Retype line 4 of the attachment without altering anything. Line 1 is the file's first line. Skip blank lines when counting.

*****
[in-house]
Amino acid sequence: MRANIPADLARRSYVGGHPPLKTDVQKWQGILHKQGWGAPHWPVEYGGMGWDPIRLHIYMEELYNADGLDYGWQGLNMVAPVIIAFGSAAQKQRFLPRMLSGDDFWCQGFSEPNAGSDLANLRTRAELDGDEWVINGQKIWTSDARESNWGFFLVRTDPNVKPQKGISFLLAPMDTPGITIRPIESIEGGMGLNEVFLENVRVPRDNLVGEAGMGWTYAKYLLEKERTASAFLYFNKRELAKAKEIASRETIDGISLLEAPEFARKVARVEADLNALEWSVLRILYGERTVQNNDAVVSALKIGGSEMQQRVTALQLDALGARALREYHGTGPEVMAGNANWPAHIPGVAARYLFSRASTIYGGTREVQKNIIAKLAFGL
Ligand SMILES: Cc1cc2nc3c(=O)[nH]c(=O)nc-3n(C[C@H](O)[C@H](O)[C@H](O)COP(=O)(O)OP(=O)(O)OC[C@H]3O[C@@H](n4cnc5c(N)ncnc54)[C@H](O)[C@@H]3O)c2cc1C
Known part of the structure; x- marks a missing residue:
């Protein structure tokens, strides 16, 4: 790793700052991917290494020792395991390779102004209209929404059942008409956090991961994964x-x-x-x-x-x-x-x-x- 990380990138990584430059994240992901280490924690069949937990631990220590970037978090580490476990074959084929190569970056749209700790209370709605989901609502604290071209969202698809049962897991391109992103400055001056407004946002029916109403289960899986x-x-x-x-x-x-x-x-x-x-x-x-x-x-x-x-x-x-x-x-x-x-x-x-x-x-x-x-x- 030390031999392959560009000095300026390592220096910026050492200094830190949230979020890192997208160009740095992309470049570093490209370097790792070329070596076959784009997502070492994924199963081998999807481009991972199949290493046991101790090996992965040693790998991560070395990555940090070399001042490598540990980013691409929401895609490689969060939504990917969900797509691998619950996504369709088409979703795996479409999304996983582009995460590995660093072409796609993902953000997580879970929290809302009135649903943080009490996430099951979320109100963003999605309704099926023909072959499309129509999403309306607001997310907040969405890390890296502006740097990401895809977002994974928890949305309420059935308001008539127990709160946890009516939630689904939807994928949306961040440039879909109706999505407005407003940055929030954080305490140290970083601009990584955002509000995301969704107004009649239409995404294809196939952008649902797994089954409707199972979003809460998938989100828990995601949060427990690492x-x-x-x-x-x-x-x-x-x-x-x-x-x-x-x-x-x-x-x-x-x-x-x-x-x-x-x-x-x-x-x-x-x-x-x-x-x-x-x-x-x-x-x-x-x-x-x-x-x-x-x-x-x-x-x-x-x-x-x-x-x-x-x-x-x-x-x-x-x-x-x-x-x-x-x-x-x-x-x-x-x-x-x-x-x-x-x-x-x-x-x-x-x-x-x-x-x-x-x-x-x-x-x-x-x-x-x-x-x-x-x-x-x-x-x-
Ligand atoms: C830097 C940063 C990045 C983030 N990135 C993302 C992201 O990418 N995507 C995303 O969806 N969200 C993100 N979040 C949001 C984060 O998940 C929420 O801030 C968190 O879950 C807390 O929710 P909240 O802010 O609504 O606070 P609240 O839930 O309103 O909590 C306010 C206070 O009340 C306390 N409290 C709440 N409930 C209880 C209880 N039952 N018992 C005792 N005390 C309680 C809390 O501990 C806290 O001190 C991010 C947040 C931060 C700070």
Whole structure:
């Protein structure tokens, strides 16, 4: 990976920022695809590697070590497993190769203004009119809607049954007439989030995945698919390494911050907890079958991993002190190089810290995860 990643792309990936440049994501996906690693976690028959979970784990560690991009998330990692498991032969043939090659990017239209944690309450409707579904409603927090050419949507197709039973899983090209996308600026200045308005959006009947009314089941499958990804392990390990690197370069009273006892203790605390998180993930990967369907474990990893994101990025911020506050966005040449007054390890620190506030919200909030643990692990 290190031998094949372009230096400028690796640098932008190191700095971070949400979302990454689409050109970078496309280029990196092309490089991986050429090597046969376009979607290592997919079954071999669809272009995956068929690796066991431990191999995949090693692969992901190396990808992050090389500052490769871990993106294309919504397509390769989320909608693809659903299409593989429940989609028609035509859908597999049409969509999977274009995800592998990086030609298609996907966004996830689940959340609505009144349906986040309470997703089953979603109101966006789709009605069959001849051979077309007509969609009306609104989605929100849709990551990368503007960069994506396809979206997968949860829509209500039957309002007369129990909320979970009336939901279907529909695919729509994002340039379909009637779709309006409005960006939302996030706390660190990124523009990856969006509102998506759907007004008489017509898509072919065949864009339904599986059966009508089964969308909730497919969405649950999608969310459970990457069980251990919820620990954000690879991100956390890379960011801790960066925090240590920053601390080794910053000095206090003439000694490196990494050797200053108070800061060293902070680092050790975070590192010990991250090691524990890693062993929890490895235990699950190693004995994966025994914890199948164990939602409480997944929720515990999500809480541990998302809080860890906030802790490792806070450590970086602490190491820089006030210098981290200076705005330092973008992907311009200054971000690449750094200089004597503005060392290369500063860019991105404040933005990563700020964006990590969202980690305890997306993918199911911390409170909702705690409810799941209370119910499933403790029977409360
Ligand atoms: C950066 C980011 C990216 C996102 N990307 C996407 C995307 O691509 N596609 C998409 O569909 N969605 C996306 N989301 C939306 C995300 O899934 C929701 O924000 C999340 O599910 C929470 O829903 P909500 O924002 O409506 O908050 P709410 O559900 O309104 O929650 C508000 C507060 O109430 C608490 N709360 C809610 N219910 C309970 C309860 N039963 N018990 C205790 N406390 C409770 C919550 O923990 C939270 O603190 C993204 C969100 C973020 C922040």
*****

Known part of the structure; x- marks a missing residue: